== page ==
First, there was media bias, then came fake news and hot on its heels, post truth. Now we enter the era of alternative facts, there may be opportunities here for savvy entrepreneurs.

Beauty, they say, is the eye of the beholder. Well, it turns out that facts are, too. According to media comment doing the rounds this weekend, there were 250,000 people at the Trump inauguration, compared with one million at Obama’s last inauguration and 1.8 million at his first inauguration.

We know this because Tom and Fred went around counting everyone, the only snag is, Fred lost count at 235, 384, and had to start again. Okay, that previous sentence was not a fact, it was fake news, but seeing as its falsehood was pretty obvious, the author would like to claim it as irony. It turns out that we don’t really know how many people were at any of these events, all we have are estimates – photographic evidence, evidence from transport usage, some sensors. And President Trump’s press secretary, in a somewhat controversial press conference, claimed something quite different. “This was the largest audience ever to witness an inauguration, period,” said Sean Spicer, “These attempts to lessen the enthusiasm of the inauguration are shameful and wrong.”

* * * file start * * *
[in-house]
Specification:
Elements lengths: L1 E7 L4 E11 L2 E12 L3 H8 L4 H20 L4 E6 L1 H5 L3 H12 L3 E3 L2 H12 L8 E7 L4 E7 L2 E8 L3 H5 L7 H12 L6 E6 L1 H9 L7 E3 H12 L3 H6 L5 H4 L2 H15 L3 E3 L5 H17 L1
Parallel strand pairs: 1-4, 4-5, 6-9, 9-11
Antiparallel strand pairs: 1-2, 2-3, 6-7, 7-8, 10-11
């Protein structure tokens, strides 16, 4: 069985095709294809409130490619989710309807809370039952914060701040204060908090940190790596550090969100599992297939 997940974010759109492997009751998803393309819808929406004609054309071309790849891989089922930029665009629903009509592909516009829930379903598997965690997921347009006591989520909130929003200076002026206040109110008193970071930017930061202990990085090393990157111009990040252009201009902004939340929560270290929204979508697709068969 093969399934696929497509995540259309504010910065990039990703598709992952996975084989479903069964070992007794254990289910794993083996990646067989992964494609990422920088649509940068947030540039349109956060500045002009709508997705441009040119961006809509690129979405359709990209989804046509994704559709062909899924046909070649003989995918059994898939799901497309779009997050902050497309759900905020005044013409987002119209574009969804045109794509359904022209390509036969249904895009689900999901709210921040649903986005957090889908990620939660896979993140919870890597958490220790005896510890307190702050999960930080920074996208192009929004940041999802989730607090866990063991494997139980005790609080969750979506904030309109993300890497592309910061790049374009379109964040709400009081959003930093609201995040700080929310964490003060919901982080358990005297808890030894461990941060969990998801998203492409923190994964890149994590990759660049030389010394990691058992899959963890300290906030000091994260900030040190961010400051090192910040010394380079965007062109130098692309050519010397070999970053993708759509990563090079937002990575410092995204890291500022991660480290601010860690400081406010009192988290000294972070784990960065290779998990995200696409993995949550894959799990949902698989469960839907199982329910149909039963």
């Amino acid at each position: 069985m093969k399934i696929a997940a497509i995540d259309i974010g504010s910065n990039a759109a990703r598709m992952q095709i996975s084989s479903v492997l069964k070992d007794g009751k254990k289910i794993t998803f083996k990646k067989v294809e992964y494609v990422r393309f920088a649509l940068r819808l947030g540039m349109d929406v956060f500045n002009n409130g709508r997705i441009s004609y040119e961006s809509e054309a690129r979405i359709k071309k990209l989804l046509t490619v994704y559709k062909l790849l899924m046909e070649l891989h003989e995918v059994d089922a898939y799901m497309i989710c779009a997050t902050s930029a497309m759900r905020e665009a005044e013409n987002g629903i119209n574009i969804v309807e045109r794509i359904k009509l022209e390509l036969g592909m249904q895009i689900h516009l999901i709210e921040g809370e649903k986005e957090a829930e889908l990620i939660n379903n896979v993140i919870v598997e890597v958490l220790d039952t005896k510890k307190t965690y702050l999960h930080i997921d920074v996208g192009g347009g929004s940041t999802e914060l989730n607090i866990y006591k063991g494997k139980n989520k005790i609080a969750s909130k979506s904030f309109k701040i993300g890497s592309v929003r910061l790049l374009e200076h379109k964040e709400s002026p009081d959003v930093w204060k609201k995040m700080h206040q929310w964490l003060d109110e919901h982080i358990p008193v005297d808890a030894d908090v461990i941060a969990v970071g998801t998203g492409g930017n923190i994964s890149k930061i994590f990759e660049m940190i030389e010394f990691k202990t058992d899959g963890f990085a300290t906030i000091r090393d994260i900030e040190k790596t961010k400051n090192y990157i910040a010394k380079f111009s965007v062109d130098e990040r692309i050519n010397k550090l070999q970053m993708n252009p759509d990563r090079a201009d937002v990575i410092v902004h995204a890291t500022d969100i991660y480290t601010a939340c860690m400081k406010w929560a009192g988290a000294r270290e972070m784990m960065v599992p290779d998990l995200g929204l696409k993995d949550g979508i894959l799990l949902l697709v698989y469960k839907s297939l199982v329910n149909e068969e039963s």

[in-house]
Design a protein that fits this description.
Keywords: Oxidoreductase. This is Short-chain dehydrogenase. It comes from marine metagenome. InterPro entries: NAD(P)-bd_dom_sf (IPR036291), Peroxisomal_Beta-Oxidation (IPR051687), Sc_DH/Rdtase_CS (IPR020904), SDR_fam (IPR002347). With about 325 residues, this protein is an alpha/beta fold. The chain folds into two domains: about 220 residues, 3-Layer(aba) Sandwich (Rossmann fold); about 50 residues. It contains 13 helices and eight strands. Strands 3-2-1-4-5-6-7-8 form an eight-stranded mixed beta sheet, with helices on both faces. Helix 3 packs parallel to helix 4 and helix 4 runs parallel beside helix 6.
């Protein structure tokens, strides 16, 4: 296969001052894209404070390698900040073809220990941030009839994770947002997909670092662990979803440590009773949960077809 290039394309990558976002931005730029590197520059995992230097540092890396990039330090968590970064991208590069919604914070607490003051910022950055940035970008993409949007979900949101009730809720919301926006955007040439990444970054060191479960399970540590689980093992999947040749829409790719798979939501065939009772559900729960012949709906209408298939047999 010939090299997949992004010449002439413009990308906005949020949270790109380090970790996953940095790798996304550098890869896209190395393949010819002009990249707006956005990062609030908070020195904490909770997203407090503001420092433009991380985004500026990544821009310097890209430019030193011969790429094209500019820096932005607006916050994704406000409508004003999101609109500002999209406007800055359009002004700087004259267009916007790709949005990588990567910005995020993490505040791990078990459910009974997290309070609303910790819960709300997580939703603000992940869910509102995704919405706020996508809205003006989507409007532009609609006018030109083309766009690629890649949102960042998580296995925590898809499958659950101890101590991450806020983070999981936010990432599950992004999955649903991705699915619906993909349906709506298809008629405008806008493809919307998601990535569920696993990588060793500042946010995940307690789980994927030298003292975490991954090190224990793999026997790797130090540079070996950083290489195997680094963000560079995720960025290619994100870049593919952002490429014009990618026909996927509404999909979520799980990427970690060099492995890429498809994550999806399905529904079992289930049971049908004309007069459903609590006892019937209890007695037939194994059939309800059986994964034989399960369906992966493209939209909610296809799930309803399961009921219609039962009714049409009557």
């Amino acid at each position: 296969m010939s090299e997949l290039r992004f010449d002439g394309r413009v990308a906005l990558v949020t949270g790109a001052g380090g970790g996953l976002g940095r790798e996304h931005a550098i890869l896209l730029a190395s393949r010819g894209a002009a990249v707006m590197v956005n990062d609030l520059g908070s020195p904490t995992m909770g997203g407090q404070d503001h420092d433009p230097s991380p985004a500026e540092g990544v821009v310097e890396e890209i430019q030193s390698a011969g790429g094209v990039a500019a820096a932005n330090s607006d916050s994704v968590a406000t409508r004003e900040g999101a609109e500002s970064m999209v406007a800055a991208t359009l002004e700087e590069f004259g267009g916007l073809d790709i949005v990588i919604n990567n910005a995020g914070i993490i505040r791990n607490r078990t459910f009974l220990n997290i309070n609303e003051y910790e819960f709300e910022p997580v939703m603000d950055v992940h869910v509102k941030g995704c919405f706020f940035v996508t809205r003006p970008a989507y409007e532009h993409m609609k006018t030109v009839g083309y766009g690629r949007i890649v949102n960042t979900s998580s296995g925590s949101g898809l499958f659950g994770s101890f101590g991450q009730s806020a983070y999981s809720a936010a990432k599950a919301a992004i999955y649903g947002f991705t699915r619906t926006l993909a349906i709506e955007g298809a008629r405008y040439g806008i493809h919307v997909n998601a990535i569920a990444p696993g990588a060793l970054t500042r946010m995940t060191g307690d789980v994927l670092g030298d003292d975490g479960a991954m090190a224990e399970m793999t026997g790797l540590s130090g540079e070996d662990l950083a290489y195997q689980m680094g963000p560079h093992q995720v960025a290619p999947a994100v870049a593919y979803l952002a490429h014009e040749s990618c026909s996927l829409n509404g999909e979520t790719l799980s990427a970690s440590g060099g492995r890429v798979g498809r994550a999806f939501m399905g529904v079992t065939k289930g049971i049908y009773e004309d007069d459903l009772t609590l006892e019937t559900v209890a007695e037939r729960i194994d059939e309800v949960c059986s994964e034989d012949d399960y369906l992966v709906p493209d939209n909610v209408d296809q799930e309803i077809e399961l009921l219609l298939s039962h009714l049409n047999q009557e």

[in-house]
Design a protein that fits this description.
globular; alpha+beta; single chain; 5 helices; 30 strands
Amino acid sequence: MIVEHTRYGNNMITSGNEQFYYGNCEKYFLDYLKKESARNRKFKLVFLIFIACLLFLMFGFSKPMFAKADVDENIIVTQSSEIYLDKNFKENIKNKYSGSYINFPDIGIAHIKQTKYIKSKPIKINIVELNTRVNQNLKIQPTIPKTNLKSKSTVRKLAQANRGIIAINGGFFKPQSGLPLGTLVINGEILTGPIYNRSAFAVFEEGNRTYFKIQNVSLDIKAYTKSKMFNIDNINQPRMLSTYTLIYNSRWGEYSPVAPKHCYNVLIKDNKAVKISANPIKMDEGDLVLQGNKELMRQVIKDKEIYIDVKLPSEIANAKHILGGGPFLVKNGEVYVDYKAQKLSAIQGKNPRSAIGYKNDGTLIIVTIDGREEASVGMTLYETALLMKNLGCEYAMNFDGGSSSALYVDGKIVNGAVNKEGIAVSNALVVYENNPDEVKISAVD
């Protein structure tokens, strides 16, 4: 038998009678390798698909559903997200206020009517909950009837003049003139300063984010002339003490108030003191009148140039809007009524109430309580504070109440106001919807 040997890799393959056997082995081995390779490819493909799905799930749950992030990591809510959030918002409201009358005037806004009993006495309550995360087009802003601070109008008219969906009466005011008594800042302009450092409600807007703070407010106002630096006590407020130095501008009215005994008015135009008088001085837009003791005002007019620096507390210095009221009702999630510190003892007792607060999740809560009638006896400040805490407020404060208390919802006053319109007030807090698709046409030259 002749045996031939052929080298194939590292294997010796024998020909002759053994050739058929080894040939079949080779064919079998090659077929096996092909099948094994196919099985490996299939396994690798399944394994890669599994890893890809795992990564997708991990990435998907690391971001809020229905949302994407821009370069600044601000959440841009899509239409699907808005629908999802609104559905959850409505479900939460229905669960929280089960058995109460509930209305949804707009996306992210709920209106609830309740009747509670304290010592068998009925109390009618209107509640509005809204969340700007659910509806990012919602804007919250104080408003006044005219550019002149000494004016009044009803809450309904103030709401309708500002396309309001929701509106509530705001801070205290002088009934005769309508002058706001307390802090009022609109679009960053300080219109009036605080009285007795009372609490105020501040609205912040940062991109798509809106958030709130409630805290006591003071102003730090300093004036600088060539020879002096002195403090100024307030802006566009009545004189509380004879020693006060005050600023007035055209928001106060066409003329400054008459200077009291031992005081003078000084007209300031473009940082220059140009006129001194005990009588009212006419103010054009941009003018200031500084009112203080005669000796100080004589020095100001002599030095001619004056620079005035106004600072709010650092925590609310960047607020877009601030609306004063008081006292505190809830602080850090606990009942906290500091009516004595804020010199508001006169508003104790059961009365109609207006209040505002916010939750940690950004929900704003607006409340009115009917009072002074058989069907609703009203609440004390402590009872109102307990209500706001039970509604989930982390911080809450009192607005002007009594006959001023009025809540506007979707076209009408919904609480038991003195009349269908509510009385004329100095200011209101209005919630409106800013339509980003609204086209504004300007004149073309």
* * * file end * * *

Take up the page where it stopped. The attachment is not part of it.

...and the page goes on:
That’s odd, said some, who rather foolishly believed the evidence of their lying eyes, until Kellyanne Conway, a senior White House aide explained it all, saying that Mr Spicer was using ‘alternative facts.’

It’s an interesting concept, somewhat odd that little media comment has drawn a link between alternative facts, and George Orwell’s newspeak.

But Biz Stone, the co-founder of Twitter, came up with a potential solution in an interview in the Sunday Times this weekend – a trust button.

“The Tech giants should …create new technological solutions to the problems they create” or so the Sunday Times paraphrased him as saying.

And that takes us to Biz Stone’s new venture: Jelly, answers to questions are crowd sourced, and not created by algorithm. (Which may not be so good at spotting irony.) But then he adds a trust button. Those who provide answers are rated by users, and if they obtain a higher trust score, they feature higher up the search results.

The ‘seeming-truth’ is that some kind of crowd-sourced wisdom and fact checking may provide the solution to 'post-truth'.

And the entrepreneur/s that can solve that one, may provide the next generation of social media stars. And that would make a very ‘lucrative truth’ for someone.